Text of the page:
In a June 15th op-ed for the National Post, MLI’s Brian Lee Crowley and Robert Murphy write that all parts of Canada enjoy benefits from oil- and gas-rich western provinces that far outweigh any ill effects from a higher Canadian dollar. The full column below and it was republished in the Vancouver Sun.
The op-ed is part of a larger MLI study released on May 30th entitled, No Dutch Treat: Oil and Gas Wealth Benefits All of Canada. It is the first in the High Dollar Series of Commentaries on the benefits of the Canadian petroleum industry. The media release for this study can be found here.
Much ado about the ‘Dutch disease’
By Brian Lee Crowley and Robert Murphy, National Post, June 15, 2012
A number of leading Canadians, including Ontario premier Dalton McGuinty and the leader of the Official Opposition, Thomas Mulcair, have warned that natural resource extraction in Western Canada is hurting Ontario’s manufacturing sector. The complaint is based on what economists call the “Dutch Disease,” in reference to a situation that plagued the Netherlands in the 1970s. The theory is that when foreigners buy Canadian resources, they drive up the value of the Canadian dollar. Other things equal, a strong Canadian dollar makes other Canadian exports more expensive for foreigners, causing Canadian manufacturers, including those from Ontario, to suffer depressed demand levels for their wares.
The connection between high commodity prices, a strong dollar, and dampened demand for exports is valid. But are the critics saying that Canadians would be better off if worldwide demand for oil were lower?
Beyond this thorny question, the critics don’t acknowledge the domestic “export market” for Ontario manufacturers that is provided by the Western oil and gas industries themselves. Even if we grant that booming petroleum exports make it harder for Ontario manufacturers to ship goods abroad, it doesn’t follow that these manufacturers will see a net reduction in their business. This is because booming petroleum exports allow domestic oil and gas players to increase their own purchases, thereby providing markets and employment to businesses in Ontario and other provinces.
Several studies have estimated these impacts. One of the most comprehensive is a 2009 paper from the Canadian Energy Research Institute (CERI). It projected that from 2008-2033, the Canadian petroleum industry would increase total economic output by $149-billion in Ontario alone, and another $49-billion in Quebec. Furthermore, the CERI model estimated that petroleum activity would generate the equivalent of 88,000 full-time jobs just in Ontario, and another 32,480 full-time jobs in Quebec for the 25-year period in question.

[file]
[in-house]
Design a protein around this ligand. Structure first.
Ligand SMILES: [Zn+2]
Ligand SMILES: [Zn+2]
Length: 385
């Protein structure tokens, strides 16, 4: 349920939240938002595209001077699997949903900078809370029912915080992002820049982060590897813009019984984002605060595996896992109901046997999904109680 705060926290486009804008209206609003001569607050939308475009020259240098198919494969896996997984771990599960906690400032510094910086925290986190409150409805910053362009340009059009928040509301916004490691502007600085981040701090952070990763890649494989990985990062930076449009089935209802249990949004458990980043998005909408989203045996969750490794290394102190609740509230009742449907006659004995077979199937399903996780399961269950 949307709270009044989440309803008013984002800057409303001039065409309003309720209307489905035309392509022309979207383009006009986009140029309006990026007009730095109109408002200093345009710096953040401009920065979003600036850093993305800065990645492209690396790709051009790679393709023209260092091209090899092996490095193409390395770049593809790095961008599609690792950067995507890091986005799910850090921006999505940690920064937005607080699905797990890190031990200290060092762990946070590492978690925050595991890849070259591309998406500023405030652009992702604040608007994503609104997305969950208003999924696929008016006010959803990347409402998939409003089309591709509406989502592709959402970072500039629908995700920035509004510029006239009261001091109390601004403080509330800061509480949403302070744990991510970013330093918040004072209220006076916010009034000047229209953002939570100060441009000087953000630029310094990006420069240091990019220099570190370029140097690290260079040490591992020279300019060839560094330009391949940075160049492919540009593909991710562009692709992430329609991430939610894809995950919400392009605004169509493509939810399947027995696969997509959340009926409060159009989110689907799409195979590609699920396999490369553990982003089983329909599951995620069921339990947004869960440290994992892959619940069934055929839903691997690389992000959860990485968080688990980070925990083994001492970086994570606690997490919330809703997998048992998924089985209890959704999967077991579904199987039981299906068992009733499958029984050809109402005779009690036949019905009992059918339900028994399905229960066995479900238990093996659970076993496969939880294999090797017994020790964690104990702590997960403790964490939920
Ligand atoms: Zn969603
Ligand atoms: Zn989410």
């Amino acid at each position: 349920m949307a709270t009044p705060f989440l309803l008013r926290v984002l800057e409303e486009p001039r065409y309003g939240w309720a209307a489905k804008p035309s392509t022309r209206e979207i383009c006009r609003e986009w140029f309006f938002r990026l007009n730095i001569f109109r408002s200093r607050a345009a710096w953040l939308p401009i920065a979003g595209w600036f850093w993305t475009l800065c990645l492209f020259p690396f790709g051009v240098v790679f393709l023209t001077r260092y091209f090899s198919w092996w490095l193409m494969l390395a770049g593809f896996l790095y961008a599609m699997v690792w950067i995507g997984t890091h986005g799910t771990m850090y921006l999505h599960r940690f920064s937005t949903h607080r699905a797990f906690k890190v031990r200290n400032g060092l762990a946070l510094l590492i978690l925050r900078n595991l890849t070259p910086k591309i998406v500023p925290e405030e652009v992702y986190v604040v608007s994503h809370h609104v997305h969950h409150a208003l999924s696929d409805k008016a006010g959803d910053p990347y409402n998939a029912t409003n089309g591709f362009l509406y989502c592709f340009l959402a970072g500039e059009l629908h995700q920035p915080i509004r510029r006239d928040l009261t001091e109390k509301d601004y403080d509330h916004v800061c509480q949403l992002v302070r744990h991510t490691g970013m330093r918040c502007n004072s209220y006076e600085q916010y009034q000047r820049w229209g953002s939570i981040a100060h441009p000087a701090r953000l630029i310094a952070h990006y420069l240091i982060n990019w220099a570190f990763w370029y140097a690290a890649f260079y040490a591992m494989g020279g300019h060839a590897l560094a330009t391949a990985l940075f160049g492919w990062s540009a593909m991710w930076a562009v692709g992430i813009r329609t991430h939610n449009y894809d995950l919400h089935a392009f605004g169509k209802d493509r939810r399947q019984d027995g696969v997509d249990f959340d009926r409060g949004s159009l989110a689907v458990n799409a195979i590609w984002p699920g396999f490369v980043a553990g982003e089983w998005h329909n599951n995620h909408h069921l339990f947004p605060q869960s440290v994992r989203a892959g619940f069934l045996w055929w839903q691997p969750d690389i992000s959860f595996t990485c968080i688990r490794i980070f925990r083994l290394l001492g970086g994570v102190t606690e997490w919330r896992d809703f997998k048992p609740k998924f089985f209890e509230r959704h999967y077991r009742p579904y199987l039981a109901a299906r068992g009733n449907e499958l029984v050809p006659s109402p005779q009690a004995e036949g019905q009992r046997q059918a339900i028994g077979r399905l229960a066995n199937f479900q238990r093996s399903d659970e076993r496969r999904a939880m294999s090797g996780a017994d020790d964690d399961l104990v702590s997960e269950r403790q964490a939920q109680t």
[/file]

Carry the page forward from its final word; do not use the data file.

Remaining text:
In addition to the direct economic effects flowing from purchases made by oil and gas companies, petroleum activities in the Western provinces also provide a large flow of tax receipts to the federal government. This indirectly benefits Canadians in other provinces, because they in turn will shoulder a lower tax burden to finance a given amount of federal spending. The 2009 CERI study cited above estimated that between 2008 and 2033, the petroleum industry would generate some $409-billion in federal revenue. Even if we account for the royalty payments earned by the Western provinces, the federal government still reaps 36% of all government revenues attributable to petroleum development.
In times of economic crisis, tempers flare and workers in depressed regions look with suspicion upon those that are relatively prosperous. International trade flows and the foreign exchange markets add another layer of complexity. For these reasons, the Canadian public should be careful in the face of allegations that oil and gas activities hurt Ontario manufacturing.
Canada’s vigorous and prosperous natural-resource sector creates new demand for goods and services produced elsewhere in the country. High natural resource prices create a direct market for our manufactured goods, while boosting output, job growth, and tax revenues across all provinces.
If all that amounts to a “disease,” Dutch or otherwise, spare us the cure.
Brian Lee Crowley, managing director of the Macdonald-Laurier Institute (MLI) and economist Robert P. Murphy are the co-authors of “No Dutch Treat: Oil and Gas Wealth Benefits All of Canada,” the first essay in a series published by MLI on natural resources, manufacturing and the dollar: macdonaldlaurier.ca.